Just in case you needed proof of how skilled Merle Haggard was as a singer and songwriter, look no further than his song “Big City.”
Released in 1982 as the second single from his album of the same name, the song became Haggard’s 27th No. 1 single on the Billboard Hot Country Singles chart. But what’s most interesting is the story behind the song. If you have not heard it yet, then get yourself ready to be blown away. If you already do, then you know that it’s worth hearing again.
The Story Behind Merle Haggard’s Song “Big City”
Written by Merle Haggard himself with the help of his childhood friend Dean Holloway, “Big City” is a song about the plight of a working man.
“Been working every day since I was twenty. Haven’t got a thing to show for anything I’ve done. There’s folks who never work, and they’ve got plenty. Think it’s time some guys like me had some fun,” the song goes.
Back in 1981, Haggard and his band, The Strangers, just finished a grueling two-day recording session at a studio in Los Angeles. When he got a break, he left to check on his longtime friend and tour bus driver, Dean Holloway, who had been sitting in the hot vehicle for hours.
Haggard asked him how he was doing, to which Holloway responded, “I hate this place. I’m tired of this dirty old city.” That one remark sparked a fire in the country artist. With a pad of paper, Haggard started writing a song, and Holloway’s simple response became the song’s first line.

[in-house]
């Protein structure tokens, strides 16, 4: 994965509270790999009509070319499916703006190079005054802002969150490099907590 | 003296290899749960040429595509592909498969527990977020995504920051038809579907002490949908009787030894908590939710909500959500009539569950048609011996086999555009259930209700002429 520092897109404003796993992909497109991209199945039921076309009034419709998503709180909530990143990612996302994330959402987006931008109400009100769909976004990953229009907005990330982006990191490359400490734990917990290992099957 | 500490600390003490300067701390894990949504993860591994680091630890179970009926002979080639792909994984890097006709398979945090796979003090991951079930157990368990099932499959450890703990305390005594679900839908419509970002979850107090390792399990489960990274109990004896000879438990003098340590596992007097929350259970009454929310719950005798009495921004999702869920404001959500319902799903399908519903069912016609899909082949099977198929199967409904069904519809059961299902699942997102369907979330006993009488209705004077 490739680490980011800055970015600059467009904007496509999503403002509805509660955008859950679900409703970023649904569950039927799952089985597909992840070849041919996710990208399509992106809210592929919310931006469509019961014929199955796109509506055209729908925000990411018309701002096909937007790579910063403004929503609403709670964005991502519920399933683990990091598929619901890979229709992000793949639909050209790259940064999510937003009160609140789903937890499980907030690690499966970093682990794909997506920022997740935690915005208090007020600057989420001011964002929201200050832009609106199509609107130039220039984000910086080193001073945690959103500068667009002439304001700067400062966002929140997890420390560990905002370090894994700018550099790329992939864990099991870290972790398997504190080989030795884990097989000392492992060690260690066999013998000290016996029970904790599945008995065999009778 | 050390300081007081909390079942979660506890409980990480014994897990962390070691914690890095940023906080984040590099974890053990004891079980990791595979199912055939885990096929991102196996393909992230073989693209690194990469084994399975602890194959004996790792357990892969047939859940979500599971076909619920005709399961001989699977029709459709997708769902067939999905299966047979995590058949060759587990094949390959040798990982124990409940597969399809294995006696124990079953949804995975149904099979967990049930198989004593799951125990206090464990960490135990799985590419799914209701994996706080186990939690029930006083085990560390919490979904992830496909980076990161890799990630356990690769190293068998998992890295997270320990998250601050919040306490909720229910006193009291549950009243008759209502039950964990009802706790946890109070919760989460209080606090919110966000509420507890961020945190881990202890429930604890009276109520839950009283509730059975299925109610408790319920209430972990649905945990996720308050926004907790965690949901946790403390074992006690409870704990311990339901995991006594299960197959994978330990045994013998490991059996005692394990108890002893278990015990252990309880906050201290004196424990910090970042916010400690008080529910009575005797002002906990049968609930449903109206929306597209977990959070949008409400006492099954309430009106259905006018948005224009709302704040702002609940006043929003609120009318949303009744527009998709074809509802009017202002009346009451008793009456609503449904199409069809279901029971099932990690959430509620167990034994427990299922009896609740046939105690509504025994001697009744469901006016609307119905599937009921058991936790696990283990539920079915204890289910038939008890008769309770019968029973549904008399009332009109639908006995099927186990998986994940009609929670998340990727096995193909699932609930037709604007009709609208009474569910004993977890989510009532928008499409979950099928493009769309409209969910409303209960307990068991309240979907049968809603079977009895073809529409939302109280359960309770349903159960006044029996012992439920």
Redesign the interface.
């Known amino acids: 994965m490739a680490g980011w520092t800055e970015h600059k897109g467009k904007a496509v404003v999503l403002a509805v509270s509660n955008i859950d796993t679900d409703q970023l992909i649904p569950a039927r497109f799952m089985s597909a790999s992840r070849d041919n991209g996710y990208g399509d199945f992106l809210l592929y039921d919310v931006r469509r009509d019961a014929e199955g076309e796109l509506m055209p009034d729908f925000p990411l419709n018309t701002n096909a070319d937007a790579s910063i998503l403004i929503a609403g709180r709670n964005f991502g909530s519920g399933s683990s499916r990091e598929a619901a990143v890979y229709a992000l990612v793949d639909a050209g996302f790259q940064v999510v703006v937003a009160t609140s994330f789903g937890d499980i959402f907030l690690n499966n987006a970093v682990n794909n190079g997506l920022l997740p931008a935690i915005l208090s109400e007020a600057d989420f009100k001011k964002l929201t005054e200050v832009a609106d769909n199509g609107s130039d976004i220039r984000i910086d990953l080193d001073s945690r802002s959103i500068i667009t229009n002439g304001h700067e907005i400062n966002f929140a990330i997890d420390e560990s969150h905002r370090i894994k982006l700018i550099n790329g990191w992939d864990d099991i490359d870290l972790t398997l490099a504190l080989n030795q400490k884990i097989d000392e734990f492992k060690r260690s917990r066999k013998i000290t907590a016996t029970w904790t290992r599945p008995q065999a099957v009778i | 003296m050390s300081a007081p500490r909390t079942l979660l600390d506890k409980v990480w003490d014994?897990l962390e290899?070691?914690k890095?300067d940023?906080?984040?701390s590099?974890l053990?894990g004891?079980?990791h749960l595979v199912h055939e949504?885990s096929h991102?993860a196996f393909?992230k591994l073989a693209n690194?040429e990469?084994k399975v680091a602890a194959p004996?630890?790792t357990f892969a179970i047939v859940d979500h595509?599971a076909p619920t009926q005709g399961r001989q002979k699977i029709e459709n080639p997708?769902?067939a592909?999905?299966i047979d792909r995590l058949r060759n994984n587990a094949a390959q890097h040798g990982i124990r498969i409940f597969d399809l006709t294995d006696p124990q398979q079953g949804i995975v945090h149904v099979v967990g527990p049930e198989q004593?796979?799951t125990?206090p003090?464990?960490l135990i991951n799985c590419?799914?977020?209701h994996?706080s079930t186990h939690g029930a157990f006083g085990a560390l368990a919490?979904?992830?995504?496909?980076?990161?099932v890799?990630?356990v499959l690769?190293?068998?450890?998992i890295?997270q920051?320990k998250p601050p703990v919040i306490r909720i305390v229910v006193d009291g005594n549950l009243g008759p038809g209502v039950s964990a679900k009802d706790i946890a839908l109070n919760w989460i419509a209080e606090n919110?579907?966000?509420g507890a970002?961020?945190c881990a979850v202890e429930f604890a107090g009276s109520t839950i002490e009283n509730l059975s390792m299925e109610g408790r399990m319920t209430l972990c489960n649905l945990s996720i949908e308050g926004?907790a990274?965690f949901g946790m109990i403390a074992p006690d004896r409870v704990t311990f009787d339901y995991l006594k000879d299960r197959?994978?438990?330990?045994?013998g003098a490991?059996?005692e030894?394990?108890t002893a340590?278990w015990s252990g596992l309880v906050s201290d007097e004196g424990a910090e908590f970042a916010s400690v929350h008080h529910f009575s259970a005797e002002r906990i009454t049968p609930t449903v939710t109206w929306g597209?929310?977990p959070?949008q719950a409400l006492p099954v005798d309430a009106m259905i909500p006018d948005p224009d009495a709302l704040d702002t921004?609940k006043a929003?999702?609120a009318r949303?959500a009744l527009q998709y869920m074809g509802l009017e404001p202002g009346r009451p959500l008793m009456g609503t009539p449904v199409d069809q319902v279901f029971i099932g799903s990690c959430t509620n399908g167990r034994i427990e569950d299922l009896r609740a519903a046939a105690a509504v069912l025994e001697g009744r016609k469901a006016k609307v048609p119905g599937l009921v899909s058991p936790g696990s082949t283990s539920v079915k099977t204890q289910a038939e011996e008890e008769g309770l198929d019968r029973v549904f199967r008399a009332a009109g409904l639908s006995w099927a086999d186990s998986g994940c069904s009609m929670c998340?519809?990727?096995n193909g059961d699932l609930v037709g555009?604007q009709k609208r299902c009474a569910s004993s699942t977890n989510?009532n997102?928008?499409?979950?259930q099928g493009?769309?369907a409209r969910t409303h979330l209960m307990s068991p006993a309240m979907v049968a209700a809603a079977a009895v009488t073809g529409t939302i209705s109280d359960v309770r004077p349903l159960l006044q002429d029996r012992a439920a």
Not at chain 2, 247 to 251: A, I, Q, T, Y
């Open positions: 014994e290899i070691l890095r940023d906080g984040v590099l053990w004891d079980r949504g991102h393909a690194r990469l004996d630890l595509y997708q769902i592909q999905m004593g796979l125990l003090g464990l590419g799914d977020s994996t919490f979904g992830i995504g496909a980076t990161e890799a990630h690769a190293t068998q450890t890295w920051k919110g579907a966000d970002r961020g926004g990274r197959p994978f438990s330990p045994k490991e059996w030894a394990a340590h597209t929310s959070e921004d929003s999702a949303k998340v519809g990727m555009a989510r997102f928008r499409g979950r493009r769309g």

Haggard then kept asking Holloway questions like where he would rather be. Holloway answered by saying, “If it were up to me, it’d be somewhere in the middle of damn Montana.” A part of that statement has also become part of the song.
“I imagined a family leaving Detroit and happy to be getting out,” Haggard said.
After Haggard finished off scribbling his new piece, he rushed into the studio. The band was already packing up when Haggard burst back, but he told them to get their instruments back out to record one last song. Remarkably, they recorded “Big City” in just one take, without even bothering to rehearse it beforehand.
“We didn’t have an ending, but the band came up with one they thought I’d like and ran me off as we wound down,” Haggard said. He also credited Holloway as a writer of the song, entitling him to half the royalties of it, which amounted to about half a million dollars for Holloway.
Today, “Big City” remained a fan-favorite part of Merle Haggard’s sets until the last years of his life. You can watch one of the most remarkable Merle Haggard’s performances of “Big City” in the video below.
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